When it comes to raising their two children, Ray and Kathy are in total agreement about one thing: their son, Roy, and daughter, Roxie, will be reared to value and adopt the traditional roles assigned to men and women since biblical days. That is, Roy will be taught that men are tough, unemotional, competitive, assertive, authoritarian, and dominant; Roxie will be expected to be sensitive, domestic, passive, pleasing, submissive, and supportive. Their parents’ approach to childrearing is simple: differences in sex roles are clear, obvious, and desirable, and their value must be conveyed to their children to avoid confusion, identity crises, and psychological instability. When it comes to teaching their children, for Ray and Kathy the world is black or white, this or that, the right way or the wrong way; there is no gray, middle ground.
Unfortunately for the children, Roy and Roxie, the world is not black or white, this or that; and, what is the right vs. wrong way to behave – such as, be assertive or be submissive – usually depends on the situation. In other words, in the real world, healthy adjustment to and coping with the demands of everyday life require flexibility and adjustment.
As adults, both Roy and Roxie will find their behavior restricted and inhibited in many situations. What is Roy to do in a situation that demands sensitivity, empathy, and humility? He has been indoctrinated to believe that displaying such actions would make him less of a man. Roy is destined to feel insecure when he realizes his range of actions is severely limited, and he will fall victim to self-anger and self-criticism. To avoid the anxiety of his insecurities, Roy will be forced to deny reality and lash out against competent men who can be comfortably sensitive when a situation requires them to act that way. Such men will remind Roy of his inadequacies. Thus, he will restrict himself to his tribe, his comfort group, and join them in aggression against “the others,” all in an effort to mask his insecurities.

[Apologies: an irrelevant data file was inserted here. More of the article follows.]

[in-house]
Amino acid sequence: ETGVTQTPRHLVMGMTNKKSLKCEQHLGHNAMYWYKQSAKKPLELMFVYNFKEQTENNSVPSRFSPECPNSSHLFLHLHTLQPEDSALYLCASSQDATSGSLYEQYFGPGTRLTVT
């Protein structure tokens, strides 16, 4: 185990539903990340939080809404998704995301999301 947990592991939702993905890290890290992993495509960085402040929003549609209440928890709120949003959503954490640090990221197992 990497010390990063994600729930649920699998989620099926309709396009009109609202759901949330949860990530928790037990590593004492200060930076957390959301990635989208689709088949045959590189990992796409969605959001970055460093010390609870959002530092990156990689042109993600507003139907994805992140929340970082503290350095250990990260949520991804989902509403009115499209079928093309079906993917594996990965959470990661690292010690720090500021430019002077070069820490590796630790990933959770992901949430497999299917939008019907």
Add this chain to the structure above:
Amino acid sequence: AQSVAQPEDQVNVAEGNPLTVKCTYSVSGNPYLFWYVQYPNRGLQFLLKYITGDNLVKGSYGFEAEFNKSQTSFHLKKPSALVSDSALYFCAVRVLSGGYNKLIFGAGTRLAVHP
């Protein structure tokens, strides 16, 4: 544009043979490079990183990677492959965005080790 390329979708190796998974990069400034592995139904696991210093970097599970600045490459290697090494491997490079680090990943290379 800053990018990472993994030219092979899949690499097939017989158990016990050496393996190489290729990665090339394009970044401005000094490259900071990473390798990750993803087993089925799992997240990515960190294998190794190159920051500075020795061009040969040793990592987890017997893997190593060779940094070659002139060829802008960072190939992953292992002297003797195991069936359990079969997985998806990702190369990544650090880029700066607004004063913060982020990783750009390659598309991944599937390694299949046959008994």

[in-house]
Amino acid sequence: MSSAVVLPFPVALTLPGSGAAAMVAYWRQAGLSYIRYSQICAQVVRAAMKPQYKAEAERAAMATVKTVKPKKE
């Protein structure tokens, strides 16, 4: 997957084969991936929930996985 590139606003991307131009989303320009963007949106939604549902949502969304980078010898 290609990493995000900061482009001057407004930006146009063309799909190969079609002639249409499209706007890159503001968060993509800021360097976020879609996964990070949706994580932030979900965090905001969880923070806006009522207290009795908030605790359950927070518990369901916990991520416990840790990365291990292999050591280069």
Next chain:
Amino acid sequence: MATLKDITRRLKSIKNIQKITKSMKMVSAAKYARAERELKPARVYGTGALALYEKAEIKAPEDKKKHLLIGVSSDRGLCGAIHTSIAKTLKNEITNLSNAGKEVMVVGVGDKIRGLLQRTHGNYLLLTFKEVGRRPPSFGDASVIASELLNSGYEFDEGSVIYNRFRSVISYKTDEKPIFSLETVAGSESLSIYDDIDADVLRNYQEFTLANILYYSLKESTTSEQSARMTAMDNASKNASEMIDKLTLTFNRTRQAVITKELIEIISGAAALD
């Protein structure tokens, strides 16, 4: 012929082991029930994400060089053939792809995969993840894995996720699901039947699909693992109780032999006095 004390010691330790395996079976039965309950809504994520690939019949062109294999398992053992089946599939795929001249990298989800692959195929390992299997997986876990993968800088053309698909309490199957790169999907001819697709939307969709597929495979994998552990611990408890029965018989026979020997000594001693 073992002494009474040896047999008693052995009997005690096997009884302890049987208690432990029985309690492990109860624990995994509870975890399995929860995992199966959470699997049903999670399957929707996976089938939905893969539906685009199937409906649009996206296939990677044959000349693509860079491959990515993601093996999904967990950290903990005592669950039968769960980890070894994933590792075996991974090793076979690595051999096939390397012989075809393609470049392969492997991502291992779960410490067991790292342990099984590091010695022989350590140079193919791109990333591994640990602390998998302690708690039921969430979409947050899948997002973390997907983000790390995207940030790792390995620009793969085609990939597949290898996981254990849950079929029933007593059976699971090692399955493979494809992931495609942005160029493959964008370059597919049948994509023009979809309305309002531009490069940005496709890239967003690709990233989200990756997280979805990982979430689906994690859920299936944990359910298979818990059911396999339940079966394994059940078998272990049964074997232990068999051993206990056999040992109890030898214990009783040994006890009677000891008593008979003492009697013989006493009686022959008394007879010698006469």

Roxie will find herself in the same dilemma when she is in a situation that requires her to be assertive and forceful. She is unable to do that and maintain her limited self-concept that requires her to be one thing: submissive. She will join Roy in following the emotional path of self-recrimination and insecurities, and stay within her comfort group to be able to avoid and deny those self-doubts.
In 2022, we are seeing in real time millions of Rays and Kathys, who demand that their kids be indoctrinated, not educated. Books must be banned; the school curriculum must be stripped of any material that makes their kids uncomfortable; other kids must be screened carefully to make sure they conform to the Roy and Roxie cookie-cutter template. We are creating a generation of confused and frightened kids who – when confronted as adults with the nuances of life – will not know how to react appropriately. When such insecurity comingles with fear, the result is usually destructive aggression, aimed at both others and self.
There’s an irony and sadness about Roy’s and Roxie’s emotional future. Simply put, if they could overcome their parent’s restrictive childrearing indoctrination, if they could be comfortable with exhibiting a broad range of actions and emotions depending on the situation in which they find themselves – well, this flexibility would make Roy more of a man, and Roxie more of a woman. That is a valuable lesson for coping with everyday stressors.